). The original data show an obvious periodic characteristic and roughly similar trends among the three cities, which imply that there is a possible relevance between per two cities of them. To verify that, the partial correlation technique is employed to get the intrinsic relations between two cities by deleting the interference from the third variable. Four seasons, classified as winter (December, January, and February), spring (March, April, and May), summer (June, July, and August), and fall (September, October, and November), are considered. The results are listed in Table1.
|Beijing vs. Tianjin||0.3048||0.3072||0.2625||0.1660|
|Beijing vs. Baoding||0.2745||0.4545||0.4815||0.4468|
|Tianjin vs. Baoding||0.5570||0.4517||0.3461||0.5992|
Note: * indicates statistical significance with 0.01 significance level.
In Table 1, we also list the -statistics (, where denotes the partial correlation coefficient between the first and second variables eliminating the effects of the third one,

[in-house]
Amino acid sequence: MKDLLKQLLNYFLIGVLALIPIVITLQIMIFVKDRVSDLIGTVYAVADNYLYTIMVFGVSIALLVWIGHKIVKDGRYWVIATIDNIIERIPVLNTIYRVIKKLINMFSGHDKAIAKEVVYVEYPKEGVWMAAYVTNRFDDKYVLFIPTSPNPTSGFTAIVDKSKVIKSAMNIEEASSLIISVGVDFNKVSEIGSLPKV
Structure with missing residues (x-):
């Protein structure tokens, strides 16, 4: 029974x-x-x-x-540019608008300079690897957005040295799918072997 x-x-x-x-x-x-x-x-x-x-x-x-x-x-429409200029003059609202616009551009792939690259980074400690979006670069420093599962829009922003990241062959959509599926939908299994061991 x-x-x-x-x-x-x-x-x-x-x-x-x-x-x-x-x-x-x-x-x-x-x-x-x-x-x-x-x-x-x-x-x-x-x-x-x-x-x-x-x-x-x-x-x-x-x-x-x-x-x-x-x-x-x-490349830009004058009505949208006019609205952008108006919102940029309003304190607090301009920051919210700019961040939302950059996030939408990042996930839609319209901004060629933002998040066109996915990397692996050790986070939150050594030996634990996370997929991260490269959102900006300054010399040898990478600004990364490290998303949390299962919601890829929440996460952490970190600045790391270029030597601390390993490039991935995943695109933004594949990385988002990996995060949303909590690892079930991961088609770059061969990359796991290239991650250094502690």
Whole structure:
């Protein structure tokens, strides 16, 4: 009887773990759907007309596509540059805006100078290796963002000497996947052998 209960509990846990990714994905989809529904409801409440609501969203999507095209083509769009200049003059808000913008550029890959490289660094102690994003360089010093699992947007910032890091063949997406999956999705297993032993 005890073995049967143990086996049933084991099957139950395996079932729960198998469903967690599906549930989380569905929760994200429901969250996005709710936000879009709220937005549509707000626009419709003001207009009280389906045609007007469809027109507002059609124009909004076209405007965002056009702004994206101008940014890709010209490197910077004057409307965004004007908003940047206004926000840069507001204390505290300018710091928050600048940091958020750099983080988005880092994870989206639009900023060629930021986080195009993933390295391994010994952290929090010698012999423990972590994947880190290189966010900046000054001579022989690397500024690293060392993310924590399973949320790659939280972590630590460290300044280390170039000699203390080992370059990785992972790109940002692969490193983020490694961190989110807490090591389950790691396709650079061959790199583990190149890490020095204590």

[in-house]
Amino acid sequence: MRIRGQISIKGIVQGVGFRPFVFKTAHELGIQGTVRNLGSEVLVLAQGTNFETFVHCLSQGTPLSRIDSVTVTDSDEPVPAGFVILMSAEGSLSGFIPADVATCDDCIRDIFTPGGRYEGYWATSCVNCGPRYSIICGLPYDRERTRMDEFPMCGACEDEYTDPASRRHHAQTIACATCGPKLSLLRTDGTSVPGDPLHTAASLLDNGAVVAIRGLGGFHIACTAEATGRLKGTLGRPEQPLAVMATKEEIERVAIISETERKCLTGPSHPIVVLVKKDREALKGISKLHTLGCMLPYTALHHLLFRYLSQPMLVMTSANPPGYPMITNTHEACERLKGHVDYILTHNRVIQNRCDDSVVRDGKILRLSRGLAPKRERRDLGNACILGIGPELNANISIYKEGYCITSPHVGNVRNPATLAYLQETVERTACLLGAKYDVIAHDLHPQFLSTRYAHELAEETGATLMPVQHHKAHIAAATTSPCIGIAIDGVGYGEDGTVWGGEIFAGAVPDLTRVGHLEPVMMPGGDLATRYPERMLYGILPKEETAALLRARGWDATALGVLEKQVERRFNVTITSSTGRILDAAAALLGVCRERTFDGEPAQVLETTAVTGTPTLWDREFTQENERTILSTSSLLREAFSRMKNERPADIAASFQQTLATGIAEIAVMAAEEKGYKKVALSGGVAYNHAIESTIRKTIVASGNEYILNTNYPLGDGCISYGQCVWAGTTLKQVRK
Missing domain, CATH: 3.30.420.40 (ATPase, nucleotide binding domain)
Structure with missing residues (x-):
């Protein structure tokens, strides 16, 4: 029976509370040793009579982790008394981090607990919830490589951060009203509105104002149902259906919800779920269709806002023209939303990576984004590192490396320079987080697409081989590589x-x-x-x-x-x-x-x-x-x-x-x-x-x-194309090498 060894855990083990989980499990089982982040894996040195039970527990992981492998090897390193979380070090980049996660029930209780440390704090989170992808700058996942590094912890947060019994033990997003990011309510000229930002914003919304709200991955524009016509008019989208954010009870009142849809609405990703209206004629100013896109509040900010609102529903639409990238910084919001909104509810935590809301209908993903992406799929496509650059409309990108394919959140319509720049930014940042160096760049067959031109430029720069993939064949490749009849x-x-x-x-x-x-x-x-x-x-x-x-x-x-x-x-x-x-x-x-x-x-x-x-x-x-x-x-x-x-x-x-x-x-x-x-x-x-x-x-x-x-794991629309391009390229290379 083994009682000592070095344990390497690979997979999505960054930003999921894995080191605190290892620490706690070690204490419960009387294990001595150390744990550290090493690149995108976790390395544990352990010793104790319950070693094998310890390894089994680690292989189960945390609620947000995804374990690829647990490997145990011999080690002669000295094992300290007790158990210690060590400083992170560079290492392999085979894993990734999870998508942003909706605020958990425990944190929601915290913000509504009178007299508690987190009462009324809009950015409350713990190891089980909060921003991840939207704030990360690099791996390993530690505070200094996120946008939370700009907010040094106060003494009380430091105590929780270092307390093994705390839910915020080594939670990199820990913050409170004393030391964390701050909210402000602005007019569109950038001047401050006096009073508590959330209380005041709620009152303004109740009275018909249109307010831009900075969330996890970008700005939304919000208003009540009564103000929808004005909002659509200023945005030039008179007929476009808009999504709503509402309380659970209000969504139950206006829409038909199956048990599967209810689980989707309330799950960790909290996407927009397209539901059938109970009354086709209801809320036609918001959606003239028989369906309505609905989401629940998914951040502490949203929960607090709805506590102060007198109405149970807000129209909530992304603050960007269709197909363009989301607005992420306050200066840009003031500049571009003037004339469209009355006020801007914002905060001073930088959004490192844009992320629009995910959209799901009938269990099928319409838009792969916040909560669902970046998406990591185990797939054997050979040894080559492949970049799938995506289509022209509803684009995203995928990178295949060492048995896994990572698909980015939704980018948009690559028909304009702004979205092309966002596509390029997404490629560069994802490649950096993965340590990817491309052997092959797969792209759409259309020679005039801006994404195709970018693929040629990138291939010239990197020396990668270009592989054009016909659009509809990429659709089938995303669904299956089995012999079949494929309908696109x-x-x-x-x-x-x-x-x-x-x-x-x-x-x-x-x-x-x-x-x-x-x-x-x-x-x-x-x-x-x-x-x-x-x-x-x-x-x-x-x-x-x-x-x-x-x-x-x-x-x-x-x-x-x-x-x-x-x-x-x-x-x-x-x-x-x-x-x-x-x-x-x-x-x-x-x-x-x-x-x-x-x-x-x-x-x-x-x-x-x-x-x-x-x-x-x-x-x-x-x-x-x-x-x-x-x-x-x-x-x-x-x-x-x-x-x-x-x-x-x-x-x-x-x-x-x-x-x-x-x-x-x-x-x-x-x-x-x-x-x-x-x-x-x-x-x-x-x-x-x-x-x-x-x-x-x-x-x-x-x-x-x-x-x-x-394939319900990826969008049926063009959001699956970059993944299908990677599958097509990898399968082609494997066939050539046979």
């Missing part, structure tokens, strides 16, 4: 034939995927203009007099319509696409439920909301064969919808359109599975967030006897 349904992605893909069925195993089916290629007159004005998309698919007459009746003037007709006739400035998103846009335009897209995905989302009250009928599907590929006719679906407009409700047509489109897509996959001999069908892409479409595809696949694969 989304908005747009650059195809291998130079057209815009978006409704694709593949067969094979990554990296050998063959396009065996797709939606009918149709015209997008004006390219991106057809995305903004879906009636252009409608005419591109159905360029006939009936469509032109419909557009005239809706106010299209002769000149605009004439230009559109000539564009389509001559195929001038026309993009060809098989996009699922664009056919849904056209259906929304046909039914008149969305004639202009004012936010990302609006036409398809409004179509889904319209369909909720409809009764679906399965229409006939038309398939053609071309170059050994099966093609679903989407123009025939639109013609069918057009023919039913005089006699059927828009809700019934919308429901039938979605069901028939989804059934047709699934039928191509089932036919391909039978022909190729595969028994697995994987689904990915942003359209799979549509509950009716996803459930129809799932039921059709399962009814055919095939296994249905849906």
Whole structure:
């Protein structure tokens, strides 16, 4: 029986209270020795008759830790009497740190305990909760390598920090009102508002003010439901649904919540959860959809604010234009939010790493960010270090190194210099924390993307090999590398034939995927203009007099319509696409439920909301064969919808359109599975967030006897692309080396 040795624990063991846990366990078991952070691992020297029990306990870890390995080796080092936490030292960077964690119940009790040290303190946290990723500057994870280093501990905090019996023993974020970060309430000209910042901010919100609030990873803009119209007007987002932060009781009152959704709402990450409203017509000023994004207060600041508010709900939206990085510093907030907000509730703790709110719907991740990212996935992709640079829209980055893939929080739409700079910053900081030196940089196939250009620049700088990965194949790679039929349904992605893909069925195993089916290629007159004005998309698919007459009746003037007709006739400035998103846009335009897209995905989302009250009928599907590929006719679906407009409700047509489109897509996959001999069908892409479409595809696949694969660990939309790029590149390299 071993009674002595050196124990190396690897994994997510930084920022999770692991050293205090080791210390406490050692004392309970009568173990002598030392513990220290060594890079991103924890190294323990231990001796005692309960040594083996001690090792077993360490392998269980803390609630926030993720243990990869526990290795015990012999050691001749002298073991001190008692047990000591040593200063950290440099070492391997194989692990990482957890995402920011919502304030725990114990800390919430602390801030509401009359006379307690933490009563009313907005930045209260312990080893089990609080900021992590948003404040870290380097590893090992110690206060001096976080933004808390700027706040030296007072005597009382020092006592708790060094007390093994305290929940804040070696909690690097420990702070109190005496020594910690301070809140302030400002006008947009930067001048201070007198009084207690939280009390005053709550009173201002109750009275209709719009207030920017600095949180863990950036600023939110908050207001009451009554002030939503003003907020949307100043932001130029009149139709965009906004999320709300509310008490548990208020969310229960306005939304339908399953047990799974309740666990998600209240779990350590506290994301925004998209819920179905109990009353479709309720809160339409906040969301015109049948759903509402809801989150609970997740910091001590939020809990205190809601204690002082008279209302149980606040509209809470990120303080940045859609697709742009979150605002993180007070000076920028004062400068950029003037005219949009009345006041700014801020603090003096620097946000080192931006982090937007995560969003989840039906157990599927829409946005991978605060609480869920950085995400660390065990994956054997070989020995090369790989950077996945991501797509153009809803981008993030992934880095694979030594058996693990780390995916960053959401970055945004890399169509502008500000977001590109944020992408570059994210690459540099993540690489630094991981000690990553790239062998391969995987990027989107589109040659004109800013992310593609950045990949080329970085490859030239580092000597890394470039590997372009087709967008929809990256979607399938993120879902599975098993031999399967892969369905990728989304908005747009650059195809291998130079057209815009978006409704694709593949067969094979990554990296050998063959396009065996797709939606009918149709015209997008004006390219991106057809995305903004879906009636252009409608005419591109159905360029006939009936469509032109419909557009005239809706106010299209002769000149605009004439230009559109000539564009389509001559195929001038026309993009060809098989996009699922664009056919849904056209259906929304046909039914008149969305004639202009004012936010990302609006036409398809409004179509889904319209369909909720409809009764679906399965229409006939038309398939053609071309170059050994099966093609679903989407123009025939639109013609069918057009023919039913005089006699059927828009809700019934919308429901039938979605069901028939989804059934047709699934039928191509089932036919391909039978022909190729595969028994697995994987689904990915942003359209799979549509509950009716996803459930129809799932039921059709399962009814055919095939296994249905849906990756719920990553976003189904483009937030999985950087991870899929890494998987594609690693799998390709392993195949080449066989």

is the degree of freedom) of the partial correlation coefficients to access the statistical significance at the given significance level. Unsurprisingly, Table1 shows that the correlations of PM2.5 between both per two cities are of statistical significance. It explains that the air quality in one city of Northern China cannot be irrelevant to that of its neighbouring cities, which implies potential dependence among the three cities. However, we also note in Table 1 that the degree of relevance is different among different cities and in different seasons though all of them are significant.